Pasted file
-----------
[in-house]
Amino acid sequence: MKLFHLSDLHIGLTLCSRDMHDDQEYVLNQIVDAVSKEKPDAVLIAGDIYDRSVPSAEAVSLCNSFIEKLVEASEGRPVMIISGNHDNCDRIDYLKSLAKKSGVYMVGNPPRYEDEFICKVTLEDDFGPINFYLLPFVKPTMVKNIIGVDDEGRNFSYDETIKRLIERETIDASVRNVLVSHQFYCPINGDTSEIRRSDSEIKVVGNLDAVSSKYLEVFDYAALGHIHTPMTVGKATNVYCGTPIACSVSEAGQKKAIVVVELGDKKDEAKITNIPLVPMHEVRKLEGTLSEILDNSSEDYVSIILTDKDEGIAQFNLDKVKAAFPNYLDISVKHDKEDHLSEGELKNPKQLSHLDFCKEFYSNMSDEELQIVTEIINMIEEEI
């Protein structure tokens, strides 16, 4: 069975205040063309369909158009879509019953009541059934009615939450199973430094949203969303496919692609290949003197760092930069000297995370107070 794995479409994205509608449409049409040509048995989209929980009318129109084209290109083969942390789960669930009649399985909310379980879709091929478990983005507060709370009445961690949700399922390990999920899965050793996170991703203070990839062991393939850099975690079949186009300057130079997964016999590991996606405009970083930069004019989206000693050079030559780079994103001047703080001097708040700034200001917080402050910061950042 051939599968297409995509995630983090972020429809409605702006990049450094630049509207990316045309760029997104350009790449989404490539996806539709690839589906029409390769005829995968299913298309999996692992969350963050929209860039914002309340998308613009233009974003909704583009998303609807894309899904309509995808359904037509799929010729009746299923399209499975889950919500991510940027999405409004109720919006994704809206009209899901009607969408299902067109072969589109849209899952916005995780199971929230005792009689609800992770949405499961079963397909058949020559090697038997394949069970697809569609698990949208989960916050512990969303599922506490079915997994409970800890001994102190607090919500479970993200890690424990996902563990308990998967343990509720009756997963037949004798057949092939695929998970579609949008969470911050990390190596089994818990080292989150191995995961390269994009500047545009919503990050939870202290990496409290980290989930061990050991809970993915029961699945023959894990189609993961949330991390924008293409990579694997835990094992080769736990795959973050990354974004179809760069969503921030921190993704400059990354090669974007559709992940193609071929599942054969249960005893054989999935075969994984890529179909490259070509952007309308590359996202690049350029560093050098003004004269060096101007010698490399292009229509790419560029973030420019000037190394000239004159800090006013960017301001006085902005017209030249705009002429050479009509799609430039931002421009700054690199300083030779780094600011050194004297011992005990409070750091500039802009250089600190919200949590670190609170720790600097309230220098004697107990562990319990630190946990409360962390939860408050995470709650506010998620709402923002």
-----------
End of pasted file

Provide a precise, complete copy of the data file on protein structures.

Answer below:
[in-house]
Amino acid sequence: MKLFHLSDLHIGLTLCSRDMHDDQEYVLNQIVDAVSKEKPDAVLIAGDIYDRSVPSAEAVSLCNSFIEKLVEASEGRPVMIISGNHDNCDRIDYLKSLAKKSGVYMVGNPPRYEDEFICKVTLEDDFGPINFYLLPFVKPTMVKNIIGVDDEGRNFSYDETIKRLIERETIDASVRNVLVSHQFYCPINGDTSEIRRSDSEIKVVGNLDAVSSKYLEVFDYAALGHIHTPMTVGKATNVYCGTPIACSVSEAGQKKAIVVVELGDKKDEAKITNIPLVPMHEVRKLEGTLSEILDNSSEDYVSIILTDKDEGIAQFNLDKVKAAFPNYLDISVKHDKEDHLSEGELKNPKQLSHLDFCKEFYSNMSDEELQIVTEIINMIEEEI
């Protein structure tokens, strides 16, 4: 069975205040063309369909158009879509019953009541059934009615939450199973430094949203969303496919692609290949003197760092930069000297995370107070 794995479409994205509608449409049409040509048995989209929980009318129109084209290109083969942390789960669930009649399985909310379980879709091929478990983005507060709370009445961690949700399922390990999920899965050793996170991703203070990839062991393939850099975690079949186009300057130079997964016999590991996606405009970083930069004019989206000693050079030559780079994103001047703080001097708040700034200001917080402050910061950042 051939599968297409995509995630983090972020429809409605702006990049450094630049509207990316045309760029997104350009790449989404490539996806539709690839589906029409390769005829995968299913298309999996692992969350963050929209860039914002309340998308613009233009974003909704583009998303609807894309899904309509995808359904037509799929010729009746299923399209499975889950919500991510940027999405409004109720919006994704809206009209899901009607969408299902067109072969589109849209899952916005995780199971929230005792009689609800992770949405499961079963397909058949020559090697038997394949069970697809569609698990949208989960916050512990969303599922506490079915997994409970800890001994102190607090919500479970993200890690424990996902563990308990998967343990509720009756997963037949004798057949092939695929998970579609949008969470911050990390190596089994818990080292989150191995995961390269994009500047545009919503990050939870202290990496409290980290989930061990050991809970993915029961699945023959894990189609993961949330991390924008293409990579694997835990094992080769736990795959973050990354974004179809760069969503921030921190993704400059990354090669974007559709992940193609071929599942054969249960005893054989999935075969994984890529179909490259070509952007309308590359996202690049350029560093050098003004004269060096101007010698490399292009229509790419560029973030420019000037190394000239004159800090006013960017301001006085902005017209030249705009002429050479009509799609430039931002421009700054690199300083030779780094600011050194004297011992005990409070750091500039802009250089600190919200949590670190609170720790600097309230220098004697107990562990319990630190946990409360962390939860408050995470709650506010998620709402923002």